After a couple of days of settling into West Coast-mode, we headed east. The California & South West deserts have been on J’s bucket list since seeing “The Doors” and “Natural Born Killers”. It was finally time to make it happen.
We decided to spend a couple of days driving from San Diego to Vegas through the Salton Sea, Joshua Tree and the Mojave. We could have spent so much more time there but it was the end of May and HOT. We decided to take secondary roads through Cuyamaca Rancho State Park and the Anza-Borrego Desert. We drove up and down small, windy roads, through ranches and a lot of nature. It was a long yet relaxing drive.
Our first stop was on the western side of the Salton Sea. The Salton Sea has a fascinating history: it boomed due to an engineering fail in the early 1900’s, became a Palm Desert-style resort mid-century, then slowly declined from pollution, agricultural runoff and climate change. It is now home to off-the-grid living, non-conformists and retirees. It is barren, a little ominous and totally awesome. We drove through half abandoned/half populated neighborhoods who had not seemed to see public works in quite some time… The roads were… wavy. It’s the only way to describe them. We drove slowly and quietly, fully aware that we were meandering through neighborhoods where the residents probably weren’t fond of visitors. We reached the sea and it was and wasn’t what we expected. It was smelly, it was desolate, but we didn’t see the mass amounts of dead fish that wash up on the shores. We saw an abandoned resort and wished we could have done some exploring, but it did not feel especially safe. The west and southern shores seem to have more sites to be seen and we will definitely be back to check them out. If you want to learn more, check out the award-winning documentary, “Bombay Beach“.
The Salton Sea is not far from Joshua Tree, so off we went, waving to Coachella and Palm Desert to the west as we drove by. There is so much to see in Joshua Tree, and we just scratched the surface. Our must-see’s were (obviously and unavoidable) the trees, the Cholla Cactus Garden, skull rock, Keys view and the general expanse of the landscape. It was all other-worldly and so very beautiful. Nature hit one out of the park here and we definitely felt her might and wonder. In a place so arid, so hard and extreme, there was so much life. We pondered how the first inhabitants and early explorers survived in such a harsh environment and marveled at their ingenuity.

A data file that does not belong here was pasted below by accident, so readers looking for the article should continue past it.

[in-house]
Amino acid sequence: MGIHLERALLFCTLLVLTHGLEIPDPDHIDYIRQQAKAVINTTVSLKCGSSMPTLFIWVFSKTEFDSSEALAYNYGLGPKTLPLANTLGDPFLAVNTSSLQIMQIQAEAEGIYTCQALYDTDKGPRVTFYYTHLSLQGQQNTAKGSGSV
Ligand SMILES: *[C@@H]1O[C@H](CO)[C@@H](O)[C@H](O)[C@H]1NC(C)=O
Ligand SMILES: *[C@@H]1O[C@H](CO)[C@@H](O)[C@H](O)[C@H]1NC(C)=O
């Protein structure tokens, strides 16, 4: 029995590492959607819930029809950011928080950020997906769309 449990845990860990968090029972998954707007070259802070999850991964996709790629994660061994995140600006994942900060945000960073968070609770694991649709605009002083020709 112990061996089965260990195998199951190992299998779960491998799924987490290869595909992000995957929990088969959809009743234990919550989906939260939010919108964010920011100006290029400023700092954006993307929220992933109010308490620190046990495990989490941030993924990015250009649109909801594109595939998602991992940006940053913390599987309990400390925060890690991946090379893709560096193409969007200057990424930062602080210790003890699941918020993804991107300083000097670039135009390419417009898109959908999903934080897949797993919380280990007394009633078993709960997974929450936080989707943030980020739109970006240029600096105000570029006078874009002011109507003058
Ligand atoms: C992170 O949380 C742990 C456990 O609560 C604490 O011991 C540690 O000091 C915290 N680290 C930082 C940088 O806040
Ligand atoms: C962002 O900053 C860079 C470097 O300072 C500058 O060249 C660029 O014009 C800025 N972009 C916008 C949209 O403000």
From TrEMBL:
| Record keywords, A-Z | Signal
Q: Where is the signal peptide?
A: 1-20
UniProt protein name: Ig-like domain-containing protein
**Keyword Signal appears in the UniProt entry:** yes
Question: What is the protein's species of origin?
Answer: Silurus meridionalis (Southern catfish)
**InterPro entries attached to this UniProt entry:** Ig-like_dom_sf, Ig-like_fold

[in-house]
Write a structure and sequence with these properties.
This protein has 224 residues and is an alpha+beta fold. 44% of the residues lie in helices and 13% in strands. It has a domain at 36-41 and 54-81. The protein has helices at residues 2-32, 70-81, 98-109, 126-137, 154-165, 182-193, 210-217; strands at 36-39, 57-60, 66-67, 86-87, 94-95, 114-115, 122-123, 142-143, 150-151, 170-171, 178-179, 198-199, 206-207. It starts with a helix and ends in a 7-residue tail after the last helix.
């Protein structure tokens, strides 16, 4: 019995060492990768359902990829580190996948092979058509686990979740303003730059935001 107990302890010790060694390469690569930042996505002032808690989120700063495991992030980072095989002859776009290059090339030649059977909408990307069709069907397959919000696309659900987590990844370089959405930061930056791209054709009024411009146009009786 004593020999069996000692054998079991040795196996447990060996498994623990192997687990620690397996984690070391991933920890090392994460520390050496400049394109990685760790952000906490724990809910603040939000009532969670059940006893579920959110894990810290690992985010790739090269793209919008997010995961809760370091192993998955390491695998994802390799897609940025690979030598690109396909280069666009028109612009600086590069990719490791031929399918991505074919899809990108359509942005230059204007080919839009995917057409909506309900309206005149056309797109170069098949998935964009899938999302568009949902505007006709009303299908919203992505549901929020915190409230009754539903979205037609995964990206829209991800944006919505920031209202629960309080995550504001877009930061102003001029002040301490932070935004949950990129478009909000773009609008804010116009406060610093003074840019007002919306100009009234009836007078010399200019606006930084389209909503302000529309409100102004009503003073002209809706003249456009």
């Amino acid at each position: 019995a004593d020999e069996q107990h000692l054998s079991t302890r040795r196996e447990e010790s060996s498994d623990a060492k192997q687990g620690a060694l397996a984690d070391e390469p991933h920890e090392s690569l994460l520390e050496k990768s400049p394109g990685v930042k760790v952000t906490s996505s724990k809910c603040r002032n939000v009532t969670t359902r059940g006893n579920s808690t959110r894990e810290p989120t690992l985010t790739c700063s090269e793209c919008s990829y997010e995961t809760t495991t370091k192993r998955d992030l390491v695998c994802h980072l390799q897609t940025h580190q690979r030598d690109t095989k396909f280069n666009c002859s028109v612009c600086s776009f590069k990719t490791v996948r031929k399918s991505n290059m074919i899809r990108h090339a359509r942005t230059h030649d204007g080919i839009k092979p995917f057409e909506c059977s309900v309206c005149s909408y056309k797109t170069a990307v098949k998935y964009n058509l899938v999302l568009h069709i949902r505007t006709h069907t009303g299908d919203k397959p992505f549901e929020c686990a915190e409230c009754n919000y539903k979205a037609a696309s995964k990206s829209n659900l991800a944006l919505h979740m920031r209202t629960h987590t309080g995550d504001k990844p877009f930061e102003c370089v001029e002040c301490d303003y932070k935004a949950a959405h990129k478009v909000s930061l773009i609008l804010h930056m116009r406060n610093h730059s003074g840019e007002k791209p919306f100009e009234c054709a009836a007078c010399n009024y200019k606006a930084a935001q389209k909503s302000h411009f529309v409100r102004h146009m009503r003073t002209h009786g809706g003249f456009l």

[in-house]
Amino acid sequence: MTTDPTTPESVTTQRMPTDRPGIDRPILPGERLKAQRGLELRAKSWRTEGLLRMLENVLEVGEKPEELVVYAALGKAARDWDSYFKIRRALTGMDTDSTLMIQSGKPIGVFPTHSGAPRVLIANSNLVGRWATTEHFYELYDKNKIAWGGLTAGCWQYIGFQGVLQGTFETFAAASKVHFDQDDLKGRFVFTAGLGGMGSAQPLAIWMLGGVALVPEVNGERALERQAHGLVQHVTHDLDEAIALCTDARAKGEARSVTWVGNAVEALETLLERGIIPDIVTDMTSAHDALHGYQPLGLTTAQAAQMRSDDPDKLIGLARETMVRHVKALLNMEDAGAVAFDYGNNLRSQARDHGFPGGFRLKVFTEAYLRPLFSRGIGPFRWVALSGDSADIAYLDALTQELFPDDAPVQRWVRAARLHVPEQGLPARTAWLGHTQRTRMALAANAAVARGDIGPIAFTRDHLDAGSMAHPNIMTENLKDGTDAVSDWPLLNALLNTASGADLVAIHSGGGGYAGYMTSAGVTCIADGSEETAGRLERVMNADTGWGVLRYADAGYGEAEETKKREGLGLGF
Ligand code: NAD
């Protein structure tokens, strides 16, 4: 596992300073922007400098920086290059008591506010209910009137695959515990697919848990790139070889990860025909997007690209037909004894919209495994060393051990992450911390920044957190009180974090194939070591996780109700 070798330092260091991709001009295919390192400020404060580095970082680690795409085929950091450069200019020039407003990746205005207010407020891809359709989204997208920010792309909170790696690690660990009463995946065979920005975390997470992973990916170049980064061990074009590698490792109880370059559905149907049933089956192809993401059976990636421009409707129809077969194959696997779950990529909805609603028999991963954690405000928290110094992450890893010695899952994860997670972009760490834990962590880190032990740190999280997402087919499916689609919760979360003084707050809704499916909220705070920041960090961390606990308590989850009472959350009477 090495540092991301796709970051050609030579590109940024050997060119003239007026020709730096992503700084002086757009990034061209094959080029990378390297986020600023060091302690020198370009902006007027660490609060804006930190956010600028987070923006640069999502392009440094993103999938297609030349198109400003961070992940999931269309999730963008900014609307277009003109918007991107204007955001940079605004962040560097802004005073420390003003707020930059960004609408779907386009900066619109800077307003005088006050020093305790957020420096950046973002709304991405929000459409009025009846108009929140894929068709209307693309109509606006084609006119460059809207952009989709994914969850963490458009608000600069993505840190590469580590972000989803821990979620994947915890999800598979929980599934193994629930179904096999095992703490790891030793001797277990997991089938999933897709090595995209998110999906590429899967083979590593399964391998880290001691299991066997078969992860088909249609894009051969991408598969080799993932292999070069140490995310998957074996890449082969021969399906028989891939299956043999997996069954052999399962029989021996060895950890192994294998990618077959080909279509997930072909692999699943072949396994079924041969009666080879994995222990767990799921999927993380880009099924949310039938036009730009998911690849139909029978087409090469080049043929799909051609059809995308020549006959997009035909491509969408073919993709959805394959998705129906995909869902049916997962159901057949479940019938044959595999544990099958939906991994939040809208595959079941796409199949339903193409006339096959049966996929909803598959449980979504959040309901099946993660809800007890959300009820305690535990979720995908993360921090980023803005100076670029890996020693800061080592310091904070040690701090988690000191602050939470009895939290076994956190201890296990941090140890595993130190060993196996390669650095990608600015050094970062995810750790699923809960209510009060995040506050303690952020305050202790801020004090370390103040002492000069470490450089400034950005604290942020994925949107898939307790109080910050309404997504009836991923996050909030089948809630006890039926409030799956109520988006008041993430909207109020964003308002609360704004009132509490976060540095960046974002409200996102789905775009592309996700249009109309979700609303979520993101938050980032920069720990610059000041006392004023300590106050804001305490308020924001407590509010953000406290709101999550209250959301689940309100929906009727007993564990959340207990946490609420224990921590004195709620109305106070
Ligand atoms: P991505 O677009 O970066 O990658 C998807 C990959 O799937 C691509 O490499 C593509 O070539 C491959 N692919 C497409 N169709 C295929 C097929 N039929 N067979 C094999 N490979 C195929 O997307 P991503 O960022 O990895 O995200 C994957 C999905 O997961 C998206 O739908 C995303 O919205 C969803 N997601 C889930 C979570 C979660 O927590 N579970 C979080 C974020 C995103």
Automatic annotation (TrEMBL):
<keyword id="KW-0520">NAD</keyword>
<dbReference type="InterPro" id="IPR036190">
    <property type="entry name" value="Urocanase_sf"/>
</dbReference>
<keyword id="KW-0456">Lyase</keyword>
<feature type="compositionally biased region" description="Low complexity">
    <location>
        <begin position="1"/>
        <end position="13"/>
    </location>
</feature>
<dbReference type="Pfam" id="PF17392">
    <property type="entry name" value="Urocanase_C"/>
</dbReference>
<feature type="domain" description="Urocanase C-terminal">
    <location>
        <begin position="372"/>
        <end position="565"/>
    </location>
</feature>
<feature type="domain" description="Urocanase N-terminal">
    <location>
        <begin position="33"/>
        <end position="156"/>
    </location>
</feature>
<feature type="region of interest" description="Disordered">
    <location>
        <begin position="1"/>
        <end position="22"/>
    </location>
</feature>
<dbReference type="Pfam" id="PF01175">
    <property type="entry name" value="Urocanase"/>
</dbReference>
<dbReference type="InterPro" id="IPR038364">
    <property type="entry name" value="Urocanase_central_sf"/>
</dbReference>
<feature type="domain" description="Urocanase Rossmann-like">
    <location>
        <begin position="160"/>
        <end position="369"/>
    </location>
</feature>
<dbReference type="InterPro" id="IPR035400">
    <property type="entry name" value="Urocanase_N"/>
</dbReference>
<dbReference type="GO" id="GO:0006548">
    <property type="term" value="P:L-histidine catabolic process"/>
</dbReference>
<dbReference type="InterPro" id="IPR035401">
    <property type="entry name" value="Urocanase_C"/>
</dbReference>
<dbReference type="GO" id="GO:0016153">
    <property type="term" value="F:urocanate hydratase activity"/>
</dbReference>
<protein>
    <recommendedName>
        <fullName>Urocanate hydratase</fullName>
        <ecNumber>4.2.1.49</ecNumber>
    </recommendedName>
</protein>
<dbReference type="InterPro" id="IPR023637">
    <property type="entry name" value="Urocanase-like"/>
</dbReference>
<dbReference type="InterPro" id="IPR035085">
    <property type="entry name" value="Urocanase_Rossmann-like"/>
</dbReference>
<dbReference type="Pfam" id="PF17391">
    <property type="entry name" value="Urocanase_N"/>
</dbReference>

With our minds blown, we left the park and headed to our home for the night, Sunnyvale Garden Suites in Twentynine Palms. We picked this spot for its kitsch and were not disappointed. We settled into our cabin and explore the curated grounds. The hotel is mining-themed and we enjoyed all the little knick-knacks, eclectic landscaping and decor. The cabin had a queen bed, efficiency kitchen, little living room and, most importantly, a front porch. We asked the hotel manager for a dinner spot recommendation and he sent us to a nearby Mexican joint that hit the spot. Twentynine Palms is near a Marine base and there was a homecoming party at the restaurant while we were there. It was humbling to see the marines reuniting with their families, everyone dressed in their Sunday best. It sunk in how different our yankee lives were from other parts of the country.
We woke up early the next morning and hit the road… Route 66 to be precise!
The roads were empty and the scenery was vast. We felt very much alone. Our first human encounter was at Roy’s Motel and Cafe where we got a no-frills coffee and tea (we’re talking Sanka and powdered milk). Roy’s is straight out of mid-century America (the coffee might have been, too). While there isn’t much to explore, we enjoyed walking around a bit and seeing a small display of memorabilia.
Then it was off to the Mojave National Preserve. We found the preserve to be much more wild and empty and a bit less interesting than Joshua Tree. Most of the sites required a hike and we chose to stay close to the main road. We wish we has prepared better, it would have been great to hike the Kelso sand dunes and hang out in the lava tubes. We did, however, stop by the Kelso Depot visitor’s center and checked out some of the ruins in Cima. Then it was back to the wavy road towards Vegas. All in all, it was a magical drive that felt like a leap back in time and we can’t wait to go back and see more of the abandoned Americana along route 66.
Our next California road trip will be along the PCH, stay tuned!